Haha, no. Just no. There’s no such thing as a post-modern burger. Opinion? Very good. Has anyone really been far even as decided to use Townsend even go want to do look more like Devin? Seven. Moving on.

Paul Simon putting his balls in a hamburger bun. Now we move on.

Couldawouldashoulda: September 2011

Action Bronson – Dr. Lecter

Original Review Here

“The fuckin' police ride me / Get your motherfucking hand out her asshole” – Action Bronson, “Bag of Money"

Not exactly Pride and Prejudice, but I wouldn’t write off Queens native Action Bronson just because he can get a little immature on his debut LP, Dr. Lector. The man has a vocal voracity and bouncy swagger that greatly complements the ‘90’s NYC boom bap that supports him. It’s exhilarating stuff… even if it’s made apparent on tracks called “Jerk Chicken” and “Get Off My P.P.” Dr. Lecter features a rapper with a passion for culture, rapping about delicious food as much as for professional wrestlers and famous guitarists. I can’t stress enough how hungry (pun not intended) Bronson sounds on this record, not just to prove himself, but to just make genuinely fun record. If Dr. Lecter was terrible, I would still give Bronson points for effort. But that he can make themes that are so esoteric in the rap world approachable and hilarious is an added bonus that should be recognized.

 Danger Mouse & Daniele Luppi – Rome

Original Review Here

Or: How I Learned to Stop Worrying and Love Norah Jones. Many critics have talked about Rome by only mentioning its collaborators, Italian soundtrack composer Daniele Luppi and Gnarls Barkley/Broken Bells/Black Keys producer Danger Mouse. However, the soundscapes that the two craft on this record are really nothing that you wouldn’t expect coming from a standard (albeit excellent) Danger Mouse collaboration. It’s really the performances of guest vocalists Jack White and Jones that give the album its extra spark. The sonic theme of spaghetti westerns isn’t so much apparent in the arrangements as much as the episodic nature of the tracks; the alternating voices and interstitial instrumentation lending itself to a narrative that may or may not actually exist. Frankly, with Jones on the bill, I was expecting to be lucky if I made it through the first two tracks of Rome still awake. But, seeing as I literally haven’t given a Danger Mouse product anything lower than an A- in five years (It’s true, I checked), it is I who should have known better. You win this time, Jones. We’ll meet again at my mom’s next book club meeting.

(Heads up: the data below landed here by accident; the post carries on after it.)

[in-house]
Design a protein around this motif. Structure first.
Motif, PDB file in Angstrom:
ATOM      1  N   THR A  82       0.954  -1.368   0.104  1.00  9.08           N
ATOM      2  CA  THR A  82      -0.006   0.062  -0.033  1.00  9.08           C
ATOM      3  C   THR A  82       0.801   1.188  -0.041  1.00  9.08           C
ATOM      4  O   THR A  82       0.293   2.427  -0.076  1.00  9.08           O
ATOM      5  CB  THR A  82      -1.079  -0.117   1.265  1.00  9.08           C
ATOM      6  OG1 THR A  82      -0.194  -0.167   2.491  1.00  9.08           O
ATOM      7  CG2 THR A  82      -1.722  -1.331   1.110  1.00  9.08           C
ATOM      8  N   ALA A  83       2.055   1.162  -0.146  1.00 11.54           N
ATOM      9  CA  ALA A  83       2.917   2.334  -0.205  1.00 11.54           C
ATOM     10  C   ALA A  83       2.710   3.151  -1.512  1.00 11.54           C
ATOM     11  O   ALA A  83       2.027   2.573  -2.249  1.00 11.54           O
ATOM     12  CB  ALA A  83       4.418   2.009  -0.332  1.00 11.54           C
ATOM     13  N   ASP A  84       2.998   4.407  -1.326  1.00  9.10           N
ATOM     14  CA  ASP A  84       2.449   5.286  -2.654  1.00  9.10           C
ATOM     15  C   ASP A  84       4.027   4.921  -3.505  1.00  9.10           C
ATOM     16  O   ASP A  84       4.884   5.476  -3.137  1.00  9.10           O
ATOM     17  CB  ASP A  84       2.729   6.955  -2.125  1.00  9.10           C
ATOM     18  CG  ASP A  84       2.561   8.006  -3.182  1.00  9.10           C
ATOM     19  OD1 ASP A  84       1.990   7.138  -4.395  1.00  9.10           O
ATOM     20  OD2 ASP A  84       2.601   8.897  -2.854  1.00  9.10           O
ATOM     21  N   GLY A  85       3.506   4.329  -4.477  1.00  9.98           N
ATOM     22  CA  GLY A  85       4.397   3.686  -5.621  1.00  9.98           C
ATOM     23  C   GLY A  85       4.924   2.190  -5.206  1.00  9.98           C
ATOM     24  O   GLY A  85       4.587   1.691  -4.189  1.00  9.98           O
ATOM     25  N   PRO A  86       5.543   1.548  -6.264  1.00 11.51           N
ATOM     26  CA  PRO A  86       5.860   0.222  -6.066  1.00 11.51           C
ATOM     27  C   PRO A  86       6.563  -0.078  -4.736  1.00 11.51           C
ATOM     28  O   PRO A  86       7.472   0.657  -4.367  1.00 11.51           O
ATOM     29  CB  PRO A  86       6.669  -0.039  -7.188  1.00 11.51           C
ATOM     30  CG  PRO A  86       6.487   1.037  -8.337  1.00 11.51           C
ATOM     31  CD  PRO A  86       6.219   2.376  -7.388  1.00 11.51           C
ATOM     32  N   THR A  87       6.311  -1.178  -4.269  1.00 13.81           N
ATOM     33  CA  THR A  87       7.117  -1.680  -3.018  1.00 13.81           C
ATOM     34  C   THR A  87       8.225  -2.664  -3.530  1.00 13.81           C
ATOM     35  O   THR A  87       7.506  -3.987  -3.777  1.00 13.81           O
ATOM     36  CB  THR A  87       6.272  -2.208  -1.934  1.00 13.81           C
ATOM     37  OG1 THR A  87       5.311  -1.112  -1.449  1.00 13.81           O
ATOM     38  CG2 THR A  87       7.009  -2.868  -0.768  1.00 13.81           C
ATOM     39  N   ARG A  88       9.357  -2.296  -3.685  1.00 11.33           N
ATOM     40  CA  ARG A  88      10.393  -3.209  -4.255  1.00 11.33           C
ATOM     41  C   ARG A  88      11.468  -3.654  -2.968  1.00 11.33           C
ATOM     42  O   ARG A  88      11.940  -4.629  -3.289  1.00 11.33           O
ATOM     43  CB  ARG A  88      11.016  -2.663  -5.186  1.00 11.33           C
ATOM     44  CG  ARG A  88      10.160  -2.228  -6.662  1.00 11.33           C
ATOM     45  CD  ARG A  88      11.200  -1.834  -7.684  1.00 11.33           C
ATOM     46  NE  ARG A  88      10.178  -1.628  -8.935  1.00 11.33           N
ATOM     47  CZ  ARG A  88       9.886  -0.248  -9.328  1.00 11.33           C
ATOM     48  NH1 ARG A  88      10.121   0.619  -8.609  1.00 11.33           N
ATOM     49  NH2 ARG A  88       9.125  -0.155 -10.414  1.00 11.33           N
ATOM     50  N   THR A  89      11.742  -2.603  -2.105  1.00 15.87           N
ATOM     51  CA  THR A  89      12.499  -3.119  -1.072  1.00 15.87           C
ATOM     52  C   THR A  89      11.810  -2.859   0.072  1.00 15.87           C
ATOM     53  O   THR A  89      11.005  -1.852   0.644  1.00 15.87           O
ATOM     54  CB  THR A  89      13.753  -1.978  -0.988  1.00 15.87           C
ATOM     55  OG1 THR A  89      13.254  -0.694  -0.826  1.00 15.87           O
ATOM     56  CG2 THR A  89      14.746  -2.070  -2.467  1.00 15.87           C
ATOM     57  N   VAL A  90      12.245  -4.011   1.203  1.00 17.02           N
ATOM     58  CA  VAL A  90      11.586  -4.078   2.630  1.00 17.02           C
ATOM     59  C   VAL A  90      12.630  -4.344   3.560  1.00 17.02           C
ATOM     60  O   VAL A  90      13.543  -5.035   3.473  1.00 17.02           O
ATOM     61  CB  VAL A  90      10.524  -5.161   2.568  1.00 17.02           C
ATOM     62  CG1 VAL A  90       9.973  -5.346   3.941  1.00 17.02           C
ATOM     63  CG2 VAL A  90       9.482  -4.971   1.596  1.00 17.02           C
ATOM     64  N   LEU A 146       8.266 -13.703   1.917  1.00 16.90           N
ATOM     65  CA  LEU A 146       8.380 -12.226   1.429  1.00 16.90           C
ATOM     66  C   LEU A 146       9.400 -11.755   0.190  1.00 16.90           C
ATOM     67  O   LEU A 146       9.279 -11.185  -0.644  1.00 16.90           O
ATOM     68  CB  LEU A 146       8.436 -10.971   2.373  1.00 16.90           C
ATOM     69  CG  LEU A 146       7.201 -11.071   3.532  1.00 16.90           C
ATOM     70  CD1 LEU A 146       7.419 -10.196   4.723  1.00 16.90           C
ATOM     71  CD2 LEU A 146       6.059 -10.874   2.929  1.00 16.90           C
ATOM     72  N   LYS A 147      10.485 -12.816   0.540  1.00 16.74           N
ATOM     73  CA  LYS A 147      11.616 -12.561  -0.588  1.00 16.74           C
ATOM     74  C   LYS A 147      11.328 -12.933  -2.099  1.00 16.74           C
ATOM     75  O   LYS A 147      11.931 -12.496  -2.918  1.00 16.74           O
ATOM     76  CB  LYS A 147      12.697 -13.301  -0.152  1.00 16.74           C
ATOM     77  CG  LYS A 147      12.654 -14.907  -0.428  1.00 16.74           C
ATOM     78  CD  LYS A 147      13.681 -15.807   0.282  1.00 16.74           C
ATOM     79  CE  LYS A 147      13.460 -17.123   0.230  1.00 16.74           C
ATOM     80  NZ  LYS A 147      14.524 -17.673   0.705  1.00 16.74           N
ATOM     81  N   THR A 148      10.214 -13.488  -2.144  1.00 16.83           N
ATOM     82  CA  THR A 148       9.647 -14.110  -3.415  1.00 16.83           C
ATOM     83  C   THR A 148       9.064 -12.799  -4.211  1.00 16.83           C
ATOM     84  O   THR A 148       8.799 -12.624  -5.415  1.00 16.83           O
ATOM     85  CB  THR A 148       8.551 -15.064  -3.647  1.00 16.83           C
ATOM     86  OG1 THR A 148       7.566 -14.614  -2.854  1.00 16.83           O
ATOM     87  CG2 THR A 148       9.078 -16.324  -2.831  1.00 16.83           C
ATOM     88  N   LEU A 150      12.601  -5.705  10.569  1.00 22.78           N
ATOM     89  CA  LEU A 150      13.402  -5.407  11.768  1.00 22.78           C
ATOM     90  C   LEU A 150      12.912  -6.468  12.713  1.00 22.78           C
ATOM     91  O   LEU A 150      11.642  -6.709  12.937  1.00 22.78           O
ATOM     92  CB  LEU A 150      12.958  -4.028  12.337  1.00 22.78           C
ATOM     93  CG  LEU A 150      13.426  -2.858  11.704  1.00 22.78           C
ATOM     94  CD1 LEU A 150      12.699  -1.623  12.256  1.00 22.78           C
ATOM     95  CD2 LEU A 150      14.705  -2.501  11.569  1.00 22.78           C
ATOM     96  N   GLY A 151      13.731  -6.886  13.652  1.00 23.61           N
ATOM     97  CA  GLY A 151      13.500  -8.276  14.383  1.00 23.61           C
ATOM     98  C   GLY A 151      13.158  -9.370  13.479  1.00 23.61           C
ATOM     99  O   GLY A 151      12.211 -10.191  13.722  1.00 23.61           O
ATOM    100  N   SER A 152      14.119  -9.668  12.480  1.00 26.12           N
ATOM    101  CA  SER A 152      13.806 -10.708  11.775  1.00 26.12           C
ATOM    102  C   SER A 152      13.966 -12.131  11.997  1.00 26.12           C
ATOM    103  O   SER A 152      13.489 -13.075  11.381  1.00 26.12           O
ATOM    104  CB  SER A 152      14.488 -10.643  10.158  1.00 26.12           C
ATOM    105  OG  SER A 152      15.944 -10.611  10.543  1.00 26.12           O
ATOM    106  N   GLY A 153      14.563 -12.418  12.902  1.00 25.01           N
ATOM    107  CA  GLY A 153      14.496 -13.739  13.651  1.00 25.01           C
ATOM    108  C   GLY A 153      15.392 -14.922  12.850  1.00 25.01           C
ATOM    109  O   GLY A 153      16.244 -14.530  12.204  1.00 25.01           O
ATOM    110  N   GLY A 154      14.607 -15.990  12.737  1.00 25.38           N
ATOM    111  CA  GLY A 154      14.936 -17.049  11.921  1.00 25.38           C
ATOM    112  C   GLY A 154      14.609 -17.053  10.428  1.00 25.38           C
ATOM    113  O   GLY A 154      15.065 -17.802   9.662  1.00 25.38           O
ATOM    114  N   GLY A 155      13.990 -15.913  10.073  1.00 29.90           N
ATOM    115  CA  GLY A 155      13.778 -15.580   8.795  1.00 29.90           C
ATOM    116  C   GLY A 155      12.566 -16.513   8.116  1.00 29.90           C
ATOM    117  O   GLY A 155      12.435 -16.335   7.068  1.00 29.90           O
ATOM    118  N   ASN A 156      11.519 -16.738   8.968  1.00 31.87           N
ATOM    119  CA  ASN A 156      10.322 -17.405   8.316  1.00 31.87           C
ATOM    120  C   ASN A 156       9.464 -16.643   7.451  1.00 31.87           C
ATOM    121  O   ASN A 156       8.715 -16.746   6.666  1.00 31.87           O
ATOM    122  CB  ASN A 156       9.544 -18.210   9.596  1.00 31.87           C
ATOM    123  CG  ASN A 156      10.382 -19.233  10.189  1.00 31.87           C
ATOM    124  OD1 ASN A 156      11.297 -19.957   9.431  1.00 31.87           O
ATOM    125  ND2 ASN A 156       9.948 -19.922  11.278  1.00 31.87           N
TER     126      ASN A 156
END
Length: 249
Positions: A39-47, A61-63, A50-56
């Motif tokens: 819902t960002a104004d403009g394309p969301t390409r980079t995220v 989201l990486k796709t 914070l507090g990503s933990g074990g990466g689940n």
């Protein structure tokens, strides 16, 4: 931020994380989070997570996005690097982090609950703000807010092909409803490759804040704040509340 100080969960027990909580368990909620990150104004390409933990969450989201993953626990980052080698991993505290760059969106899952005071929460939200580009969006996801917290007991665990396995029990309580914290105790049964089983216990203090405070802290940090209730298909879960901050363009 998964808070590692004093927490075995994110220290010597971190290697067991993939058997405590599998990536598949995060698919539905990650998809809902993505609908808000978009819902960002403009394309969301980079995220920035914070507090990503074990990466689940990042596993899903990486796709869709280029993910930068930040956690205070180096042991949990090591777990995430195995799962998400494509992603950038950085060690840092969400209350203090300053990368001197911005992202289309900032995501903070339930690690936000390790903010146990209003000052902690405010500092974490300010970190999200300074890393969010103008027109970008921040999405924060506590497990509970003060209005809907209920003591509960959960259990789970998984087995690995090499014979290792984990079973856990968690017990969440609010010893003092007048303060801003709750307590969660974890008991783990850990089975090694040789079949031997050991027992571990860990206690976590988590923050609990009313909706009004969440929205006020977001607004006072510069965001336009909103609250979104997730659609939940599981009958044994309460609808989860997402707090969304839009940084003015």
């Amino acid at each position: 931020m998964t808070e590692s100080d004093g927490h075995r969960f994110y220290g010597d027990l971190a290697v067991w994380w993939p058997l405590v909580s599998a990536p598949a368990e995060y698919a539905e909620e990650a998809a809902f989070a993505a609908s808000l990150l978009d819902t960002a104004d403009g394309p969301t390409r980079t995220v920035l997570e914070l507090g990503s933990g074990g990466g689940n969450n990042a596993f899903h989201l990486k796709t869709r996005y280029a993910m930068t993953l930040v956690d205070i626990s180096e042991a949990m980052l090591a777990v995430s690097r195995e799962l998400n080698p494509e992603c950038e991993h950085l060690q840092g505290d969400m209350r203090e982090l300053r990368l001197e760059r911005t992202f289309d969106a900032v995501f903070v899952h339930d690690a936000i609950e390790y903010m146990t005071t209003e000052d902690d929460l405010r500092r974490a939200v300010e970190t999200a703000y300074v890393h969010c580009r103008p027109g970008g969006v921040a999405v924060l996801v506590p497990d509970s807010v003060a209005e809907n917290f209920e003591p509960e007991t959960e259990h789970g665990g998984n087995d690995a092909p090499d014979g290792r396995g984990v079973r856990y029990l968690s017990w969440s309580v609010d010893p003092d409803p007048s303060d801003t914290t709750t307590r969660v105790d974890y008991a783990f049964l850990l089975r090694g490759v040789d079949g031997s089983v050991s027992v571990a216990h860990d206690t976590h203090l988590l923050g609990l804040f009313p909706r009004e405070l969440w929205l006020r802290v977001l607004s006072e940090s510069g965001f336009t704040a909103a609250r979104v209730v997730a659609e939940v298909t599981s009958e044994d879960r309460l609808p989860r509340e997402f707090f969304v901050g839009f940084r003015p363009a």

Brian Eno – Drums Between the Bells

I’ll admit that perhaps I was a little hasty in giving Drums Between the Bells an A-. Truthfully, I haven’t listened to the album all that much since July, but I can’t help but think of its ambient poetry fondly. It’s one of those albums that you will enjoy, but never want to hear ever again, mostly because you cannot put it on and not give it your full attention. You can’t play a song like “A Title” while you clean the dishes, unless you want people to think you’re preparing to smash them and turn them into a modernist art piece afterwards. No, Drums Between the Bells is too selfish to be ignored. So, forgive me, Mr. Eno, if I don’t listen to it as much as you’d like me to. I have a life too, you know. And why are you in my house? Shouldn’t you be producing the new Coldplay record?

The Kills – Blood Pressures

Much like a baby duckling falls in love with the first thing it sees, I will probably never love Allison Mossheart more than when she screamed that she would build a house with her lover’s bones on The Dead Weather’s 2009 masterpiece, Horehound. Listening to Blood Pressures, the newest record from Mossheart’s actual mainstay, I keep having this presumptuous dialogue in my head. Like, when I listen to last track “Pots and Pans,” I think, “Oh nice, she’s going to beat up her lover with those pots and pans, right? Oh, that’s not where the song’s going? Well then she must’ve burned down the kitchen, right? Yeah, watch that shit burn and sing a nice little song about it. No? Well, how the hell is she going to kill that fucker, then?!” Come to find out Mossheart’s more tempered and (gasp!) vulnerable on Blood Pressures, which is total bullshit, but I can dig it. I mean, just because she’s not shooting a guy or defaming his mother on it doesn’t mean the album can’t be an excellent collection of rock and roll songs. But my honest prognosis? I could have used being slapped around a bit more. After all, I’ve been a very bad boy.

Madlib – Madlib Medicine Show #11: Low Budget Hi Fi Music

I’m finding that Madlib records are made to sound like relics. Like you see a Madlib release in the bargain bin at some record shop and think, “Oh, shit, I forgot all about this record!” even if it came out less than a year ago. I know this because, when I knew I was going to write about this album for this segment, I had that exact same reaction, even though I had listened to it less than a month ago. Coming back to Low Budget Hi Fi Music, the second-to-last installment of Madlib’s 12-part series going on since last year, always feels like you’re rediscovering a record you’ve always loved. It’s an underdog, best appreciated when you least expect to hear it. In this manner, Lo Budget Hi Fi Music will never sound dated. How can a record be dated if you can’t figure out what time it came from?